So, back to the original questions, what is a stand-up or sales stand-up? A stand-up by basic definition is a meeting. A quick meeting where everyone “stands up” in a circle, hence the name, and randomly gets 2 minutes to talk. The sales stand-up is done daily, first thing in the morning, and should allow each sales person an opportunity (again in 2 minutes or less) to share with the team (1) what they accomplished yesterday, (2) what is on the schedule for today, and (3) what they need help/support on from other team members or management.

 

Naturally trying to get a sales person to talk for less than 2 minutes can be a challenge. We’re sales people, we love to talk. But, this is not time for idle chit chat. In my office we pass a football from one team member to another. As soon as the sales person catches the ball the clock starts. A typical sales stand-up includes 7-8 people and we are done on average in 13 minutes. Most important thing – these meetings are driving success.

 

Going back to transparency, the fact that we move quickly through our sales “happenings” in a brief amount of time every single day, there has been a reduction in short notice “hey can you help me” meetings. Planning for all team members, especially management, has improved. Including non-sales folks when need be has also improved, because the others within the organization have advanced notice when they may be needed.

 

I’ll wrap up with this final note and that is team bonding. All too often sales people go, go, go and find they only communicate with their fellow team members in a weekly sales meeting or sometimes only monthly. Taking a few minutes every morning, even though the sales person is speaking briefly, builds comradery among the team members. Each person will come to realize they are not alone in the trenches. Give the daily sales stand-up a try. If you need more advice or guidance getting started, shoot me a note.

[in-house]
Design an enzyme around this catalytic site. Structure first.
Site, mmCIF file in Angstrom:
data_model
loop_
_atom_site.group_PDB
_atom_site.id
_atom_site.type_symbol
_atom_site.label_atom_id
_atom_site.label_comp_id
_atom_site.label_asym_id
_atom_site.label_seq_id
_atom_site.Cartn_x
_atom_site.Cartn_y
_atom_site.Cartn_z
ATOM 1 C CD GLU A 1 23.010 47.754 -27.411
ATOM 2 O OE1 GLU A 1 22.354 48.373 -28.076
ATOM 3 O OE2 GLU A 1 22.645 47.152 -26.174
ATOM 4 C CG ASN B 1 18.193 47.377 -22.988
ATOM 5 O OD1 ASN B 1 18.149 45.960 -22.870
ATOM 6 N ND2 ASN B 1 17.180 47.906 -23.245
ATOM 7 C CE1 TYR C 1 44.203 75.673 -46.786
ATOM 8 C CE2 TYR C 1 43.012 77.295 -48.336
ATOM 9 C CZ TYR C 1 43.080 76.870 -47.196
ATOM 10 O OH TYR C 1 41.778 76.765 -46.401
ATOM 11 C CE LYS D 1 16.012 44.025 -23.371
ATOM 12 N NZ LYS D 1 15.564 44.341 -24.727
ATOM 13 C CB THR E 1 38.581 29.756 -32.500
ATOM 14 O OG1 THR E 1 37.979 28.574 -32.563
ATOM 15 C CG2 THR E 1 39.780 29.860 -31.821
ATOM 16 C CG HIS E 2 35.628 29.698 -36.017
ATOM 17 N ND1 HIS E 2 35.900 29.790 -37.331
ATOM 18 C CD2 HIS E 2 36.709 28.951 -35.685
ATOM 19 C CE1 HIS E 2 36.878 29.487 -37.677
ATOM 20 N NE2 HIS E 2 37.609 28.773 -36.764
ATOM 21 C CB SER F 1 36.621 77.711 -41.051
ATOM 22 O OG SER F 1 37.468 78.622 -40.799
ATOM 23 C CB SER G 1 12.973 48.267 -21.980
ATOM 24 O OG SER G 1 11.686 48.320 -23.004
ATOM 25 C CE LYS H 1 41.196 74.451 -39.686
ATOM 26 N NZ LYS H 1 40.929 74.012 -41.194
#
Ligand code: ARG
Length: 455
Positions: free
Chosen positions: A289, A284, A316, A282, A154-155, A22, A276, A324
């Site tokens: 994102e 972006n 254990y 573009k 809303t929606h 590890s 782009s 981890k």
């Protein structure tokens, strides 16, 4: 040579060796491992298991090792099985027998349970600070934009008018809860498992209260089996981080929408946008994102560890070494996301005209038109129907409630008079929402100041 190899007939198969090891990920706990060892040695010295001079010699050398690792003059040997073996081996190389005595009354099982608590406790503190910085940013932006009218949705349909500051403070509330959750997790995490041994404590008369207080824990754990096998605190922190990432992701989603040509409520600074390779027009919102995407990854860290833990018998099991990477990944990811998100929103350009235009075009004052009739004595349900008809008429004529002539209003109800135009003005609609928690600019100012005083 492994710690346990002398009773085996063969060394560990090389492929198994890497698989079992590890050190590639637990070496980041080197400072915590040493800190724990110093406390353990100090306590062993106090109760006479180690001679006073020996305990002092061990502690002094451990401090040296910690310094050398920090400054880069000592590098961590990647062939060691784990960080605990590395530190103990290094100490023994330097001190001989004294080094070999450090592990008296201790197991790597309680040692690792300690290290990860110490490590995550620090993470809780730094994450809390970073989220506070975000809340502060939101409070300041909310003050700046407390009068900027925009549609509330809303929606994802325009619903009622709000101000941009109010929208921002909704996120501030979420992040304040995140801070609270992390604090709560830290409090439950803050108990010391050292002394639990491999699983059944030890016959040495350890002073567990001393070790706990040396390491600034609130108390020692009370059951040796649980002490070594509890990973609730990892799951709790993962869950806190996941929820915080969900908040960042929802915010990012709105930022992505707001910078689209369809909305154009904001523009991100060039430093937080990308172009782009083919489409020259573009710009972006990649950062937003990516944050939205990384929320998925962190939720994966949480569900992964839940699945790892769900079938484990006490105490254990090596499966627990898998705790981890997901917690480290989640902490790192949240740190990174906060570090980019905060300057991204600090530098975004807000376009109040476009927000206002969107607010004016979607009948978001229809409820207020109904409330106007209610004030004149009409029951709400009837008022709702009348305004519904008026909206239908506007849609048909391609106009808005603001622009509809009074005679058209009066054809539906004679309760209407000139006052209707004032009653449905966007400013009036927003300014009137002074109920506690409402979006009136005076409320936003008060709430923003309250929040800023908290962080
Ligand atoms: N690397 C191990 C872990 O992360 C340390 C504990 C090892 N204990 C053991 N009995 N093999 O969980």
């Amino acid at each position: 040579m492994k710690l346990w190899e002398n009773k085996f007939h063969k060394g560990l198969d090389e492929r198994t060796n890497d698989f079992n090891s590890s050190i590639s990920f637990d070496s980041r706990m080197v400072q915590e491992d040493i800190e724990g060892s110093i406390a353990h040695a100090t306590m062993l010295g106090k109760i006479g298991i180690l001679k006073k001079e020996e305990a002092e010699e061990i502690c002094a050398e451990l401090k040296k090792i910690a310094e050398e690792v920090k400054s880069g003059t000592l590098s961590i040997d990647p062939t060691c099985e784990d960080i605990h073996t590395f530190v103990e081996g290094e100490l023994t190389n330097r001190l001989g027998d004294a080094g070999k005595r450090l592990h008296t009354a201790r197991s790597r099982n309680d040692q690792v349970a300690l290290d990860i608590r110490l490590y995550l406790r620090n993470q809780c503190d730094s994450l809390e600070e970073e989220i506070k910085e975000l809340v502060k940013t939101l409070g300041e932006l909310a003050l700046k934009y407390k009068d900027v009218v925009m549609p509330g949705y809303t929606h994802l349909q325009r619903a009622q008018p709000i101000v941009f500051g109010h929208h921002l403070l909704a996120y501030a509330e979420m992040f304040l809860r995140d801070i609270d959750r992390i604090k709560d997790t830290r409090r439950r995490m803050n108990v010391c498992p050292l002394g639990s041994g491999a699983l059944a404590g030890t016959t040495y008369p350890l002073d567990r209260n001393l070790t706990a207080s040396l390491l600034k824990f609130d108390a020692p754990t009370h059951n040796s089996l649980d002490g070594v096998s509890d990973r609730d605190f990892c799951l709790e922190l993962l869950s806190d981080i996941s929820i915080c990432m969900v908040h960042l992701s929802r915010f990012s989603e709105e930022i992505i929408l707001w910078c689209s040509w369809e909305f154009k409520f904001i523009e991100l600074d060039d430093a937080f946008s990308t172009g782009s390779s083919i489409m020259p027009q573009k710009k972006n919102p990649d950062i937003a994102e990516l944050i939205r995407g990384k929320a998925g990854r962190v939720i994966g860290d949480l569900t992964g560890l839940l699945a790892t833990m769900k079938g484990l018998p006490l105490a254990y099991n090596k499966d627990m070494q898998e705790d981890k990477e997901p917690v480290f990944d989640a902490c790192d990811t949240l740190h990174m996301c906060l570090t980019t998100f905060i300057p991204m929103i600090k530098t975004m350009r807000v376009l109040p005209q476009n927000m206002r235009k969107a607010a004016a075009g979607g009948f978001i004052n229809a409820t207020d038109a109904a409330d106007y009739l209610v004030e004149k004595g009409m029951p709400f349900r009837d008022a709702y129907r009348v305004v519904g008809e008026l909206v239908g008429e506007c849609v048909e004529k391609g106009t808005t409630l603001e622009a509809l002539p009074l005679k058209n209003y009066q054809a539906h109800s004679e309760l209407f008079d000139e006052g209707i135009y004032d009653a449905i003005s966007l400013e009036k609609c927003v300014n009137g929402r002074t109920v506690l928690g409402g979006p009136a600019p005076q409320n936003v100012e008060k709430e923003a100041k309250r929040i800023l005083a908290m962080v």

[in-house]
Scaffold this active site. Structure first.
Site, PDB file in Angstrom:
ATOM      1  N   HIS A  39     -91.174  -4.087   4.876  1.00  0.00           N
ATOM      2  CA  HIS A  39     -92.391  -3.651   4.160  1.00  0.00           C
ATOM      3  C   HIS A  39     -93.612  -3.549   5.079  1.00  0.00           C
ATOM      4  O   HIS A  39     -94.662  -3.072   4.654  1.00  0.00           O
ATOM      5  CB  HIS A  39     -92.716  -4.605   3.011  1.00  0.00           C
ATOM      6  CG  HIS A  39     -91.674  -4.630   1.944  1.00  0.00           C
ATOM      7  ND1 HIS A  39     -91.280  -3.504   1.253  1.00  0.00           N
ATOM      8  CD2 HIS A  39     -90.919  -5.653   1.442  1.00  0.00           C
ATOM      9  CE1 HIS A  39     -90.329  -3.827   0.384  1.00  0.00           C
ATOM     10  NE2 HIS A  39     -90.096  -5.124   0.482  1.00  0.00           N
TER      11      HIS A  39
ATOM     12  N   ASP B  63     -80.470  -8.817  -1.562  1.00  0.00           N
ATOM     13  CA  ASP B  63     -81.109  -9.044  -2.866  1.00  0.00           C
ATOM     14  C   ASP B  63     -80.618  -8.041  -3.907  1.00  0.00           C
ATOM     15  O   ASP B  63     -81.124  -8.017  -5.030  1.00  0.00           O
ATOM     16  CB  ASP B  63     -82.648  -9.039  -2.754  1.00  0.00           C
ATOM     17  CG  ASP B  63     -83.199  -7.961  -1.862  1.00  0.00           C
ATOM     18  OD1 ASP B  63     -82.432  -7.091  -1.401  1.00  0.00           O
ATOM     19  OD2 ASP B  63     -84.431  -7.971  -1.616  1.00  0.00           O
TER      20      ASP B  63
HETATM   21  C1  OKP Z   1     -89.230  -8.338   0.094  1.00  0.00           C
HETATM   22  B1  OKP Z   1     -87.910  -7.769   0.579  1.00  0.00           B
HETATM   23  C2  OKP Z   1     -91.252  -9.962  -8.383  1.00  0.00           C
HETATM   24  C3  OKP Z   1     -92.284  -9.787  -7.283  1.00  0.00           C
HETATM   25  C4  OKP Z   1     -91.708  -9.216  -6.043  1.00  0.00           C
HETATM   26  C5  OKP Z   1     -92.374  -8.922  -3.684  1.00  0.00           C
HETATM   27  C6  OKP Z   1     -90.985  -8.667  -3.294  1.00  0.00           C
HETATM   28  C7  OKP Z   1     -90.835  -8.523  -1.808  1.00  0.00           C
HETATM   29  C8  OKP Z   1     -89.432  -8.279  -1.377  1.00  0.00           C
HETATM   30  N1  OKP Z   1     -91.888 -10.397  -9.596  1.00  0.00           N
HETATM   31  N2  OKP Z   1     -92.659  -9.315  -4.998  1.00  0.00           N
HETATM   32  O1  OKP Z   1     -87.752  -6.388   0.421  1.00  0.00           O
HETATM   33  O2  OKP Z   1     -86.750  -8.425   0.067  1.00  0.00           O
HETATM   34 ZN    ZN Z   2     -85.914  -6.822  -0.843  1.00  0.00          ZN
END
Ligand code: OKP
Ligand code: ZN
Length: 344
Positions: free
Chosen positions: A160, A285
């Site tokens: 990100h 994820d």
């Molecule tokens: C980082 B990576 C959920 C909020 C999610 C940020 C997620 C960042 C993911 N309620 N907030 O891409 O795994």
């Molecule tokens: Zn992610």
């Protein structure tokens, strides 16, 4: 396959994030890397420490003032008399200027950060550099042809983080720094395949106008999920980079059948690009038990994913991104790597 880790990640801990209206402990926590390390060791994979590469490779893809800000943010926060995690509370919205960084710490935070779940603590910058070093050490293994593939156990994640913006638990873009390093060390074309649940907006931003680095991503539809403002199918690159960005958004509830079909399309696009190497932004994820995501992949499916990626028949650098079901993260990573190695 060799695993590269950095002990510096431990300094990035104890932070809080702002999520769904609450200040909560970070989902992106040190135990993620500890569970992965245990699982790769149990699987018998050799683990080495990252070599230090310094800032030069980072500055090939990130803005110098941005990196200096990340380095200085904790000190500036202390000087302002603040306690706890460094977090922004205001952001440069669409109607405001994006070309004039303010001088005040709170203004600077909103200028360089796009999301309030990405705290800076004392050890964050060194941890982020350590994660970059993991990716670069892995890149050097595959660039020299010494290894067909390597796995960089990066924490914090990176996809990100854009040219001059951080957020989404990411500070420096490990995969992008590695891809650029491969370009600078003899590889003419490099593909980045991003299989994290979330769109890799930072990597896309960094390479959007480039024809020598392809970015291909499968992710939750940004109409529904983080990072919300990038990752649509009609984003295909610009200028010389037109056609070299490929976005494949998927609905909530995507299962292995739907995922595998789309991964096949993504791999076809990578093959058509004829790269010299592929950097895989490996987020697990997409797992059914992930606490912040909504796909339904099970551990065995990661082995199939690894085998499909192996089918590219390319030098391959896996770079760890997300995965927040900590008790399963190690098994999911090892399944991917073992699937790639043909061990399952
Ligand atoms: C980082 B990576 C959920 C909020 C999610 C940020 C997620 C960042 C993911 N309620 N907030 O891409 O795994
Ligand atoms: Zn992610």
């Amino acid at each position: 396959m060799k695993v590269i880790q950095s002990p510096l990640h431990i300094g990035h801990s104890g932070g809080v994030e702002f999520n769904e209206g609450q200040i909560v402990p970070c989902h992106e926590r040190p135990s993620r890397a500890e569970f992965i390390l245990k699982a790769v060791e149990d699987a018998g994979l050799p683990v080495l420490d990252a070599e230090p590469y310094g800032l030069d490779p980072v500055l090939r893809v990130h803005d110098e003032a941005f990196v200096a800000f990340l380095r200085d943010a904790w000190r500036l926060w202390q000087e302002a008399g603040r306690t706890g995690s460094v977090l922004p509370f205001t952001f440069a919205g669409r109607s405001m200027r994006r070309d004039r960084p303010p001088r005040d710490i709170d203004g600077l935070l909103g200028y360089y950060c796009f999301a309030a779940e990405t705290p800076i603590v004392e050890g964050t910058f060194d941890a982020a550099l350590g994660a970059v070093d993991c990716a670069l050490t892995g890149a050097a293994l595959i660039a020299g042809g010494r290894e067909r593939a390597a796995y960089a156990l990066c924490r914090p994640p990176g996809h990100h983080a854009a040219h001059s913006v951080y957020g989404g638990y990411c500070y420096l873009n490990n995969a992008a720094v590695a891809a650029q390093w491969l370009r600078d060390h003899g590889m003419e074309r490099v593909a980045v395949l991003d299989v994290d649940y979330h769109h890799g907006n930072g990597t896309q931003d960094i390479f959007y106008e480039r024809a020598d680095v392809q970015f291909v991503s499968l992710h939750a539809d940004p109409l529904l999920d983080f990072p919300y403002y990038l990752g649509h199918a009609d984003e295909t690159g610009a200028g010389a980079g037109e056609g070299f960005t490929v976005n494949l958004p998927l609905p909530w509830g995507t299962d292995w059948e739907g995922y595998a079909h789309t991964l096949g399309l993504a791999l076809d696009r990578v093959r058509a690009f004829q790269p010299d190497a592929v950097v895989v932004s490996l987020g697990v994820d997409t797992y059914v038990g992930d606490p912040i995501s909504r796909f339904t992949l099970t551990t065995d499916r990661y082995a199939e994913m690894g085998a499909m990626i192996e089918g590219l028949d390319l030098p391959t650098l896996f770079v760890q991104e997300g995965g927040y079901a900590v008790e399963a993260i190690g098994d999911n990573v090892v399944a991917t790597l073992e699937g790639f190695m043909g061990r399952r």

Dysfunctional Inside Sales - January 23, 2016

It isn’t very often that I cover the topic of inside sales. Although I am experienced in managing inside sales teams, I tend to get more questions about the outside sales process. But, I recently had an opportunity to meet with a company that is built around the inside sales team. Outside reps are simply in place as client relationship managers, whereas the inside sales team handle 80% of the quoting and order processing.

 

So, the question posed to me was, “what do you do when your inside sales team is so dysfunctional that we are losing at least 5 deals per month?”